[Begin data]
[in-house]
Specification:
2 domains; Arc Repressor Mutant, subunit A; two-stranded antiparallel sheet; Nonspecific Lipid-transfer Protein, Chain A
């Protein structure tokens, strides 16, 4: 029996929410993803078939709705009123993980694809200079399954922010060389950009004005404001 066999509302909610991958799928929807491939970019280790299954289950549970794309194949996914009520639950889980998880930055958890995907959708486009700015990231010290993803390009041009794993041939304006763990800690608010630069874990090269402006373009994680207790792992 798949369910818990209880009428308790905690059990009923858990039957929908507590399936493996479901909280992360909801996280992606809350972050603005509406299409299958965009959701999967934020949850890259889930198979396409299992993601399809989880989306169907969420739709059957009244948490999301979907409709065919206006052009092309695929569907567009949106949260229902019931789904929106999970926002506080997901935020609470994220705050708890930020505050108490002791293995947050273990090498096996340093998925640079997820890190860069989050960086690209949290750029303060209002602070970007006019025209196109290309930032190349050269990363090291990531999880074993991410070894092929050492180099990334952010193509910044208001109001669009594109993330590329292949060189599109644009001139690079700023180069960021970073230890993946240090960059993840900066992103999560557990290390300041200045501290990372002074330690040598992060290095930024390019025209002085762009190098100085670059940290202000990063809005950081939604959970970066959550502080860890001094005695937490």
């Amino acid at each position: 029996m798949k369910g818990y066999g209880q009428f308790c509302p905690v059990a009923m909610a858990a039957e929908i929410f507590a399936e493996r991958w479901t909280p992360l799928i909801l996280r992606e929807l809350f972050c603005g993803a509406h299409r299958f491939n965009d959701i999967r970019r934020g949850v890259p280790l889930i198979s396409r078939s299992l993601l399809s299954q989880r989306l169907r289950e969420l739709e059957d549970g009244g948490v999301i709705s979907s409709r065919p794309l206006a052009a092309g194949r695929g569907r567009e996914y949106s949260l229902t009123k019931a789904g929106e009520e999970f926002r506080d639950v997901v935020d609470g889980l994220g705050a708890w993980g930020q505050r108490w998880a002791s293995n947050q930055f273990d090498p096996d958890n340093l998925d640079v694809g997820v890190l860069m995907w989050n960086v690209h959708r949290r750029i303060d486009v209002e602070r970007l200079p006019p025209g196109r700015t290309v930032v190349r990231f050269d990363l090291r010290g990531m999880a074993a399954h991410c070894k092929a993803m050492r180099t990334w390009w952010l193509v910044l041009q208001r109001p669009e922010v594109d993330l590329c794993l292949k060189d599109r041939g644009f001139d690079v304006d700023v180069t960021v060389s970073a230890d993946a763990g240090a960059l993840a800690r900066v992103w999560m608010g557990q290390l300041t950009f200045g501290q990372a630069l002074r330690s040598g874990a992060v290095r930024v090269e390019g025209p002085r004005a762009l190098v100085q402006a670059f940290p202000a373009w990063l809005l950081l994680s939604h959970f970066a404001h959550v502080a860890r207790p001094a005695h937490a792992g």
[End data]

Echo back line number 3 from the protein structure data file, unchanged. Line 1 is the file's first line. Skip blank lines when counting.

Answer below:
2 domains; Arc Repressor Mutant, subunit A; two-stranded antiparallel sheet; Nonspecific Lipid-transfer Protein, Chain A